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Book Review: Everything Everything – Nicola Yoon

The past few weeks I’ve been solely reading fantasy novels and I needed a change. While I was in England, I picked up the book Everything Everything by Nicola Yoon. I knew they made a film out of it (it’s not out yet here) and the premise sounded promising, so I picked it up. The fact that it wasn’t a long read might also have contributed to why I chose to read it. Anyway, the million-dollar question is, is the book any good? Let’s take a look.

Summary

As always, I have gone to good ‘ol Goodreads for the summary, because I still suck at writing summaries myself.

My disease is as rare as it is famous. Basically, I’m allergic to the world. I don’t leave my house, have not left my house in seventeen years. The only people I ever see are my mom and my nurse, Carla.

But then one day, a moving truck arrives next door. I look out my window, and I see him. He’s tall, lean and wearing all black—black T-shirt, black jeans, black sneakers, and a black knit cap that covers his hair completely. He catches me looking and stares at me. I stare right back. His name is Olly.

Maybe we can’t predict the future, but we can predict some things. For example, I am certainly going to fall in love with Olly. It’s almost certainly going to be a disaster.

Insta-Love

It is a simple and entertaining read, yet I was left with mixed feelings by the end of it. This is a book that, while some parts of the book are unique, follows the carved-out path of YA romance, where love appears to be the most important reason for change. There is nothing wrong with that. However, the way it was executed in this novel just made it less believable. Our main character Madeline can’t leave her house, because she is allergic to everything. Then guess what? A cute boy moves in next door. She spies on him, he notices her and they fall in love via IM. That is not unheard of, but it all happened so quick and without a hitch that it basically felt like insta-love. And yes, I am very much aware that a stand-alone novel like this only has a limited amount of pages, but still. I did not really feel that this love was real. I need the feels, guys!

What’s good about it?

There are plenty of things that are actually good about this novel. Most importantly the fact that Madeline happens to be a bi-racial character. It is not often that POCs have a story in which they are represented by the main character. As I feel like books should be more diverse, this is a good thing. Another thing I liked about Olly, Madeline’s romantic interest, is that he is a genuine nice guy. Too often in YA, the love interest is a dick. Regardless, the female heroine always falls in love with him. But Olly is a good guy and it is important that good guys are put in the spotlight for a change.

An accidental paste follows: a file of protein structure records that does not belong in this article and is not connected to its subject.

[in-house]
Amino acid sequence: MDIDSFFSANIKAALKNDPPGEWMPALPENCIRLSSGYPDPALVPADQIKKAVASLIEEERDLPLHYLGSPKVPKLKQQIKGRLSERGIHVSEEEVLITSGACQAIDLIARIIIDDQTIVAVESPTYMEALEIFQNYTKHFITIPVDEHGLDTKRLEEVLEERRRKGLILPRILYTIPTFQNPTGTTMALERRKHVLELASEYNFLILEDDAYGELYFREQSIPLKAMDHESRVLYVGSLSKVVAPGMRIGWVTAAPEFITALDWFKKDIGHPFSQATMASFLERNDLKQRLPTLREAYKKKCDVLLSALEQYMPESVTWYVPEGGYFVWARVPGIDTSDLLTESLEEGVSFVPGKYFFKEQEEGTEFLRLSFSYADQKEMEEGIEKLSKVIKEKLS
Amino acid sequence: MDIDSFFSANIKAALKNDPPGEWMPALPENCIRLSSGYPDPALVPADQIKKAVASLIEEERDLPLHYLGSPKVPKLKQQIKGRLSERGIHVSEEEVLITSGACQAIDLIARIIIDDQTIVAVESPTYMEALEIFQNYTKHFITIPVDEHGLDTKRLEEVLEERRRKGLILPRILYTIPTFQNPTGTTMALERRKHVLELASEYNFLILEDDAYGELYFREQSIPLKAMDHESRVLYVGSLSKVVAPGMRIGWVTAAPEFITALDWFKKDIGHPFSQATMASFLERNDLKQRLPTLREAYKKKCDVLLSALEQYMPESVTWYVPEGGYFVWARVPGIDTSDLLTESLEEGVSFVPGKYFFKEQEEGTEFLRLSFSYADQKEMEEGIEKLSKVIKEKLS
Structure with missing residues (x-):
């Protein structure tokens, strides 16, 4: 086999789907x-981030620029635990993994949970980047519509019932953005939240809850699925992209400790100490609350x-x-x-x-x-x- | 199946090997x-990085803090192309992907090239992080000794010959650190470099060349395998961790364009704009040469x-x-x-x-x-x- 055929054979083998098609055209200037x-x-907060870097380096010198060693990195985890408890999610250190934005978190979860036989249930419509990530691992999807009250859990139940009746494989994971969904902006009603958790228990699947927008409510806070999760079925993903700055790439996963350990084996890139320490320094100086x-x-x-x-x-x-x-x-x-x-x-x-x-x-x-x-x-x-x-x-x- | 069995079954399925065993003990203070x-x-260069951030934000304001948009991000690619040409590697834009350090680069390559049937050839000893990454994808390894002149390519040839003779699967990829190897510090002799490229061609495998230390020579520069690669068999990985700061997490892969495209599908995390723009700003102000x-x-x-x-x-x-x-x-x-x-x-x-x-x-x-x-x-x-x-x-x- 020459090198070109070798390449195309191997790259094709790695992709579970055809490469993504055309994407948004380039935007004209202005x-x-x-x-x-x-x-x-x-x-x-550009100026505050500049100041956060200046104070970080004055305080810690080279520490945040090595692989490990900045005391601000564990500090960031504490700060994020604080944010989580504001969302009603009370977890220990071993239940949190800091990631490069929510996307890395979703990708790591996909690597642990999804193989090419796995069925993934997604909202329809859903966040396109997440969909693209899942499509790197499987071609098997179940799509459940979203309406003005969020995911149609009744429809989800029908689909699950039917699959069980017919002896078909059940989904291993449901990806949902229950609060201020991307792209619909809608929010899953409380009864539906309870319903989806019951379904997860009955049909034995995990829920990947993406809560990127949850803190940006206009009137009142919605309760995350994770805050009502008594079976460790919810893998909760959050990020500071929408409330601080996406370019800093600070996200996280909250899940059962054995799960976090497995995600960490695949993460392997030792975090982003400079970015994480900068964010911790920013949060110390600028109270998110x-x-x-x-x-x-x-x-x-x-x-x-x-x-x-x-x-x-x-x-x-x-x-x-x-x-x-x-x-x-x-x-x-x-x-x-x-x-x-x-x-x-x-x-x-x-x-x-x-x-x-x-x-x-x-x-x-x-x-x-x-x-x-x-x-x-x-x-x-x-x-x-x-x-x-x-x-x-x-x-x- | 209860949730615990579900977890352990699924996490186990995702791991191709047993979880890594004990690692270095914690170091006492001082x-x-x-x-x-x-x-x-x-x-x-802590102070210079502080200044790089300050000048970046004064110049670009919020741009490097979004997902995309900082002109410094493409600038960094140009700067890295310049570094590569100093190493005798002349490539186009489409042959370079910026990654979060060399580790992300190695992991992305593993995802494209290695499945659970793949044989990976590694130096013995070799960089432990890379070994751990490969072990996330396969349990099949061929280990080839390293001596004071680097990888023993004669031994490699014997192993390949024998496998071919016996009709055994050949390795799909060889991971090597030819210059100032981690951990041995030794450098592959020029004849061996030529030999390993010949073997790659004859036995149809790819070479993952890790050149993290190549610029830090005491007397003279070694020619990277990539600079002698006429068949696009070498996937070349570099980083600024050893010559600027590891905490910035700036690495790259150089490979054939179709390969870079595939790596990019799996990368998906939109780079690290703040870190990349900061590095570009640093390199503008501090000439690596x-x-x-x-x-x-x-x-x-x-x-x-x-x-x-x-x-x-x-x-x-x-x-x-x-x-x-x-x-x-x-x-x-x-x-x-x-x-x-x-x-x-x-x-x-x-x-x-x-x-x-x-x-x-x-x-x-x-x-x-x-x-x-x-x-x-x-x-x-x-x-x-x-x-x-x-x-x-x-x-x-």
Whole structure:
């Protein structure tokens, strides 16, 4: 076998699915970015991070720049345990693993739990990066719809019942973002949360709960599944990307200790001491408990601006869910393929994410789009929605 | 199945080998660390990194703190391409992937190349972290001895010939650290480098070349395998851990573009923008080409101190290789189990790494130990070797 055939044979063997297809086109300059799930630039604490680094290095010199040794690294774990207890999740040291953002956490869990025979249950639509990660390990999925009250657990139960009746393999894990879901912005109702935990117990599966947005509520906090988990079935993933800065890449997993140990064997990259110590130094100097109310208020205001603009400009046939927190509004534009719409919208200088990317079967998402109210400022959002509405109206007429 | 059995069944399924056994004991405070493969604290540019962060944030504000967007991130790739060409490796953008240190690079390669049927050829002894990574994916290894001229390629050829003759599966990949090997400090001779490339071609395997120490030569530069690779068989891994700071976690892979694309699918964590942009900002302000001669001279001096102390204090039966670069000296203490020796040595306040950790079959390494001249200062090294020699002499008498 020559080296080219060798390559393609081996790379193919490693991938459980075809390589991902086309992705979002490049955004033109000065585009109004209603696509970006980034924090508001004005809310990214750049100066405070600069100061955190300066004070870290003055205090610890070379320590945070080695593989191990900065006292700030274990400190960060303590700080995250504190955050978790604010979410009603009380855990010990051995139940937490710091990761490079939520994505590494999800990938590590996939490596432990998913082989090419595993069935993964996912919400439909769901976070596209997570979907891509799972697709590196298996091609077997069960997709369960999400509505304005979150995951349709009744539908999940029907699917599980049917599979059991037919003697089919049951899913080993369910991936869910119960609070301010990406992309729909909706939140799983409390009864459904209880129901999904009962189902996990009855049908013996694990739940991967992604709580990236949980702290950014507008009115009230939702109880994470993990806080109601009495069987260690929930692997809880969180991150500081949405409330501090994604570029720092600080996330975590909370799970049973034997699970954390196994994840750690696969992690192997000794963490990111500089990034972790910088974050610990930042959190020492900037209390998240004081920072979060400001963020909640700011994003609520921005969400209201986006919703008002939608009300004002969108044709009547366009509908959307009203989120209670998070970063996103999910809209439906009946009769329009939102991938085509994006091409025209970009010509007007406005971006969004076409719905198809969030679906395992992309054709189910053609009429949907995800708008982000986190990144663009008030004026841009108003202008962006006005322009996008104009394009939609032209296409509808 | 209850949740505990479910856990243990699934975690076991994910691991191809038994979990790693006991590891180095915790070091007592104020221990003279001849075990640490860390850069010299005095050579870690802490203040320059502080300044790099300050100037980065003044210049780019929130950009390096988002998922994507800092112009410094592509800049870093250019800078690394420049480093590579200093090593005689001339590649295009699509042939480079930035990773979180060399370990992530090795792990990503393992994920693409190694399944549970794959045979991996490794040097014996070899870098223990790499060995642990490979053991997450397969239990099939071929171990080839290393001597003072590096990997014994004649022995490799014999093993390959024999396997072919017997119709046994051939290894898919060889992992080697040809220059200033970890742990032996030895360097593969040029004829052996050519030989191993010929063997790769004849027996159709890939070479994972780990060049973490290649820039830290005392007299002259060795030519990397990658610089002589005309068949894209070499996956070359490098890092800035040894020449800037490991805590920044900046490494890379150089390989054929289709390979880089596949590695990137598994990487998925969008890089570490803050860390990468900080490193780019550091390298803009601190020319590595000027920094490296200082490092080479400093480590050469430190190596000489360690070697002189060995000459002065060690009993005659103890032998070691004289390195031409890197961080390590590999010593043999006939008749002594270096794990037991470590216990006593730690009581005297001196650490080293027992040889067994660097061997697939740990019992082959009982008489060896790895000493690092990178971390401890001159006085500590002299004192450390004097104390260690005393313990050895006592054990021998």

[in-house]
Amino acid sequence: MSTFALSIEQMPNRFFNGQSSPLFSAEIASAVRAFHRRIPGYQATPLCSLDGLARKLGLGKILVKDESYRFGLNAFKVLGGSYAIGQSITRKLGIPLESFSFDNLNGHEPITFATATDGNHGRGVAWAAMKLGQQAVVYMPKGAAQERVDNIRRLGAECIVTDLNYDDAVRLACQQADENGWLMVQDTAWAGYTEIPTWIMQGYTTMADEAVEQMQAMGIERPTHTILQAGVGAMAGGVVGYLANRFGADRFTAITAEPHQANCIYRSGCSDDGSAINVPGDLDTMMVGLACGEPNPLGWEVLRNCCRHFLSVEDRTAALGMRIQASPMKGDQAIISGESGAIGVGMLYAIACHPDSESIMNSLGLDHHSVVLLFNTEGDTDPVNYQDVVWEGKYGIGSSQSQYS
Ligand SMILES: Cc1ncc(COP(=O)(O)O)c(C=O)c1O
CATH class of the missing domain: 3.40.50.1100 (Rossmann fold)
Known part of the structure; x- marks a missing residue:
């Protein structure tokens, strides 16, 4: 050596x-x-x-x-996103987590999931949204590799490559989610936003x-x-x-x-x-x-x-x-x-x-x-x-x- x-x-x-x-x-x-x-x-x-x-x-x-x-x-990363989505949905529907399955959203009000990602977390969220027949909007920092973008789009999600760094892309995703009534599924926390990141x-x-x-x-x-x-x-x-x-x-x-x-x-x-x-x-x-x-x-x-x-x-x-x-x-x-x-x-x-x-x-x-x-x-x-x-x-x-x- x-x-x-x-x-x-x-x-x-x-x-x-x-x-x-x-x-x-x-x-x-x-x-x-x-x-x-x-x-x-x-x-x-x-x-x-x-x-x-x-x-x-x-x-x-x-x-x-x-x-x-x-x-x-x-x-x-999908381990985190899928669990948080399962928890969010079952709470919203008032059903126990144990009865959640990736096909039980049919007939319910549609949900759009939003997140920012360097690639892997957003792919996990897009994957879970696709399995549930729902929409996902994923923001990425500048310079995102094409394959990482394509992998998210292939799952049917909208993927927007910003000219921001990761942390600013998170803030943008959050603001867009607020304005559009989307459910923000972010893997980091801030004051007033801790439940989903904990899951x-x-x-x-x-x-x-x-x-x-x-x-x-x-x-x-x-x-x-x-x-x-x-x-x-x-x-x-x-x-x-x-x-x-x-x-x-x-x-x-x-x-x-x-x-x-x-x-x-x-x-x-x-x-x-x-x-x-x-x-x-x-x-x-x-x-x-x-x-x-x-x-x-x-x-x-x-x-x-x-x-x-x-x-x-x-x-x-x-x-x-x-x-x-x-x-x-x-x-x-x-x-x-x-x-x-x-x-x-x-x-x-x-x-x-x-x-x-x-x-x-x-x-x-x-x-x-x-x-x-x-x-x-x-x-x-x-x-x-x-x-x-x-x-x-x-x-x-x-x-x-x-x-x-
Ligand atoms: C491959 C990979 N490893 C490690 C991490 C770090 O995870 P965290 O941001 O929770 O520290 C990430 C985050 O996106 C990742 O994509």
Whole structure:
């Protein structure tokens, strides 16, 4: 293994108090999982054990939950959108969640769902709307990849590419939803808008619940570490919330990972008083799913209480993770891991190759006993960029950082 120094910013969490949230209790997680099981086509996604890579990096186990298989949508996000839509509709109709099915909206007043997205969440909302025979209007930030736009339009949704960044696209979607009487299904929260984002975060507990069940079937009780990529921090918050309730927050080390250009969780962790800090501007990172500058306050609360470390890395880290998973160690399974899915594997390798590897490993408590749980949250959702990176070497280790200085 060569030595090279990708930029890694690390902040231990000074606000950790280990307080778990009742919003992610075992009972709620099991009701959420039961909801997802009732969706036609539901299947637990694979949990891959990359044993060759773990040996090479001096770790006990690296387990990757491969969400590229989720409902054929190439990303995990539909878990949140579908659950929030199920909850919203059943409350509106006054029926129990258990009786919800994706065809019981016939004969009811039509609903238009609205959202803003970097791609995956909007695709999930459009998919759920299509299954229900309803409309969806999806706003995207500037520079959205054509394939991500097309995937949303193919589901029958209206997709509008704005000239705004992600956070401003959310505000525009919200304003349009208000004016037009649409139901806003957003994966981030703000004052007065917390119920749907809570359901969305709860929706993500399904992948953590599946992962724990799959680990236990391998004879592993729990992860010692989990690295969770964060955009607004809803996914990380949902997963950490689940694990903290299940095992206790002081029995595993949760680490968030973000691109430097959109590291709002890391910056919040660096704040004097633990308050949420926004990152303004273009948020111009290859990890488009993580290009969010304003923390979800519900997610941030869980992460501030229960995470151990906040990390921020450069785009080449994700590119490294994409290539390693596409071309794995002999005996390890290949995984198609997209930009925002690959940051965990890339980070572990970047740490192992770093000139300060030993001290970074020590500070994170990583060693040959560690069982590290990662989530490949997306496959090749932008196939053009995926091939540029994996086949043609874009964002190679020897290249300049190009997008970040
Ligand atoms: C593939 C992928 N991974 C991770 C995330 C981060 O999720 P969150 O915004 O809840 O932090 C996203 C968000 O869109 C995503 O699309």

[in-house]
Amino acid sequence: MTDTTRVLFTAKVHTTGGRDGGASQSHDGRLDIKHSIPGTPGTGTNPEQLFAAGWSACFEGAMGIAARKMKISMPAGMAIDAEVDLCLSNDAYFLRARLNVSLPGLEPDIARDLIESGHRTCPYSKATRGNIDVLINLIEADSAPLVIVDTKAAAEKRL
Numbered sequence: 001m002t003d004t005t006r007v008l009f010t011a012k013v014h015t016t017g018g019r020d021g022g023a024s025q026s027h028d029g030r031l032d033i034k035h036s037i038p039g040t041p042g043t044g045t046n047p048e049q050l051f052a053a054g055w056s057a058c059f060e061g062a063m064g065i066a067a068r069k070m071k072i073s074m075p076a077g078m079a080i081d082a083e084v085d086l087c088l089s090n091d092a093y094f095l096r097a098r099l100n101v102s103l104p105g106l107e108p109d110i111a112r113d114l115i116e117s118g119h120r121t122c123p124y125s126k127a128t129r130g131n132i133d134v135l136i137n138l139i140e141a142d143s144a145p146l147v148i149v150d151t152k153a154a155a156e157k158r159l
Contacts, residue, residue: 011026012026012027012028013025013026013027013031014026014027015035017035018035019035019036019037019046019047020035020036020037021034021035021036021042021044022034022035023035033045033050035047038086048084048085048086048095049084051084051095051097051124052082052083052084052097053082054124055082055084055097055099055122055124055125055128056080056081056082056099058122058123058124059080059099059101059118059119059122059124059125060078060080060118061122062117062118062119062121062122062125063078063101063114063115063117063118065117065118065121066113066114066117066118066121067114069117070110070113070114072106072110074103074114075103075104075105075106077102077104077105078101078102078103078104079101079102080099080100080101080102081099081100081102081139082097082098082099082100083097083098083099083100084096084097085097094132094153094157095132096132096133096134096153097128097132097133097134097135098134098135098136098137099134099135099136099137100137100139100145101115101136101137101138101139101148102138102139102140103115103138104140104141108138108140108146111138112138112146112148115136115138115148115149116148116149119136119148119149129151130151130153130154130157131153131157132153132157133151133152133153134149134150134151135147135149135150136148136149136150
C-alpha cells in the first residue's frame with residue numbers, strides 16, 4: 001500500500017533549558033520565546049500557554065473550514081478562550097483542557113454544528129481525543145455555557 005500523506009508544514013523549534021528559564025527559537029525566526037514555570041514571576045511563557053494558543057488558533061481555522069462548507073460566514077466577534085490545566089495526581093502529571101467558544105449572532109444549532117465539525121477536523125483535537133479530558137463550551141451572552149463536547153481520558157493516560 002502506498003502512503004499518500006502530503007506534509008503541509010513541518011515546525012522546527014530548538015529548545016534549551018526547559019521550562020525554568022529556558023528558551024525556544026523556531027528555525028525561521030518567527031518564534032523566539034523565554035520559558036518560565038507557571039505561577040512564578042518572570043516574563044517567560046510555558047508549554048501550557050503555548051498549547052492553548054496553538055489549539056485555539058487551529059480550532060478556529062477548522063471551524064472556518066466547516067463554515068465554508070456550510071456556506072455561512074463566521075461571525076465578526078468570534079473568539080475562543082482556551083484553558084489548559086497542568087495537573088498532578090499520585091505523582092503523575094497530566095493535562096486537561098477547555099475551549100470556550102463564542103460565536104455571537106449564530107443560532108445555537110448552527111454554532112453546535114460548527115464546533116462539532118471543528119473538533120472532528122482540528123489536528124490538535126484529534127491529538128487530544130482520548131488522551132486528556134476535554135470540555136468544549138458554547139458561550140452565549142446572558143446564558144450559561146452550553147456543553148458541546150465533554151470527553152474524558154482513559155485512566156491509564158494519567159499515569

But then why don’t you really like it?

It is hard to explain this, especially when you are so conflicted about a story as I am about this one. There are many good and cute moments, but there are also many things that weren’t so good about it, I guess. I already mentioned the Instalove, which went from budding friendship to deep love quite quickly. But I also feel like the illness Madeline suffers from is not accurately represented. Now I don’t have SCID, so I do not know much about it. But the problem was that the novel did not really explain much about it. We learn nothing about it from reading this book. And basically, Maddy faces the world outside at some point, mostly without it having any consequences (it does at some point, but I don’t want to give too much away).

I am not disabled, yet I had the feeling that Madeline’s disability was mostly used as a romantic hurdle in order to find love. And the plot twist, while I saw it coming at some point, can be quite problematic for those who are actually disabled. Basically, the novel is not truly about Madeline’s disability, which is a missed opportunity.

Should you read it?

The writing is nice and it is easy to get through this book. I enjoyed the characters but I did not so much enjoy the execution of the plot. However, this is not a definite no for me as I feel like every person will respond to this book differently. So if you should read it depends on whether the blurb appeals to you and whether you are okay with the shortcomings of the novel. I won’t be rereading it again.

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Ingrid is the twenty-something owner of The Sassologist, who loves everything that has to do with pop culture. While she is one of many who is in the process of writing a novel, she is also currently in denial over not being a witch. Her Hogwarts letter has yet to arrive. In the meantime she writes about pop culture and dreams about unicorns.

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